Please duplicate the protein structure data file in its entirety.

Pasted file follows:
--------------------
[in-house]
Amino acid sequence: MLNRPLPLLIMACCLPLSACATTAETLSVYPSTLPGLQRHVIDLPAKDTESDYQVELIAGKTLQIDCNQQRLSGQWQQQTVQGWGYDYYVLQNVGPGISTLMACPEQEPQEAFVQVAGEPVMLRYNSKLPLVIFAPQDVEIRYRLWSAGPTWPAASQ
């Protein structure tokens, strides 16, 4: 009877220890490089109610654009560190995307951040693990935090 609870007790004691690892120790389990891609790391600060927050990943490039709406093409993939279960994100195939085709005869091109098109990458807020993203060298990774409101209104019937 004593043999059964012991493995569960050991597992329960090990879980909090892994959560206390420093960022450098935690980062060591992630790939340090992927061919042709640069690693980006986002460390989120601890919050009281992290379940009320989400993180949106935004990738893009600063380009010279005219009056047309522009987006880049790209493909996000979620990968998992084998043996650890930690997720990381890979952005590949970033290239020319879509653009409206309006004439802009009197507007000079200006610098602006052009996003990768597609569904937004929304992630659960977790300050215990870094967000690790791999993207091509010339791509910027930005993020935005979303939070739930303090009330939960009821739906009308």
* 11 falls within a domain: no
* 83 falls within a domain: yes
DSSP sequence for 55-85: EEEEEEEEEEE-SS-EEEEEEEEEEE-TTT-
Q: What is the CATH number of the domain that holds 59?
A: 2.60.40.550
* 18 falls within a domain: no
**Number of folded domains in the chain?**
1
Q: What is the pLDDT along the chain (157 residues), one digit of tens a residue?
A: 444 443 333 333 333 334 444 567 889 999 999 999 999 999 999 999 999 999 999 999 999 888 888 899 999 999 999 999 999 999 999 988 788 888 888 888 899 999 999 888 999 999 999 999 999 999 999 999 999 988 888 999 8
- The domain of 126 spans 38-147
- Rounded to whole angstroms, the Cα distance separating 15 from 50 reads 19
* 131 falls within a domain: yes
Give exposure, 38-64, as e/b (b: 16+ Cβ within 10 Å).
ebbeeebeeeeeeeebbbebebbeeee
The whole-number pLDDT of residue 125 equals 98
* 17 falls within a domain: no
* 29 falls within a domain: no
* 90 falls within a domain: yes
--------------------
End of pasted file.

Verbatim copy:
[in-house]
Amino acid sequence: MLNRPLPLLIMACCLPLSACATTAETLSVYPSTLPGLQRHVIDLPAKDTESDYQVELIAGKTLQIDCNQQRLSGQWQQQTVQGWGYDYYVLQNVGPGISTLMACPEQEPQEAFVQVAGEPVMLRYNSKLPLVIFAPQDVEIRYRLWSAGPTWPAASQ
């Protein structure tokens, strides 16, 4: 009877220890490089109610654009560190995307951040693990935090 609870007790004691690892120790389990891609790391600060927050990943490039709406093409993939279960994100195939085709005869091109098109990458807020993203060298990774409101209104019937 004593043999059964012991493995569960050991597992329960090990879980909090892994959560206390420093960022450098935690980062060591992630790939340090992927061919042709640069690693980006986002460390989120601890919050009281992290379940009320989400993180949106935004990738893009600063380009010279005219009056047309522009987006880049790209493909996000979620990968998992084998043996650890930690997720990381890979952005590949970033290239020319879509653009409206309006004439802009009197507007000079200006610098602006052009996003990768597609569904937004929304992630659960977790300050215990870094967000690790791999993207091509010339791509910027930005993020935005979303939070739930303090009330939960009821739906009308």
* 11 falls within a domain: no
* 83 falls within a domain: yes
DSSP sequence for 55-85: EEEEEEEEEEE-SS-EEEEEEEEEEE-TTT-
Q: What is the CATH number of the domain that holds 59?
A: 2.60.40.550
* 18 falls within a domain: no
**Number of folded domains in the chain?**
1
Q: What is the pLDDT along the chain (157 residues), one digit of tens a residue?
A: 444 443 333 333 333 334 444 567 889 999 999 999 999 999 999 999 999 999 999 999 999 888 888 899 999 999 999 999 999 999 999 988 788 888 888 888 899 999 999 888 999 999 999 999 999 999 999 999 999 988 888 999 8
- The domain of 126 spans 38-147
- Rounded to whole angstroms, the Cα distance separating 15 from 50 reads 19
* 131 falls within a domain: yes
Give exposure, 38-64, as e/b (b: 16+ Cβ within 10 Å).
ebbeeebeeeeeeeebbbebebbeeee
The whole-number pLDDT of residue 125 equals 98
* 17 falls within a domain: no
* 29 falls within a domain: no
* 90 falls within a domain: yes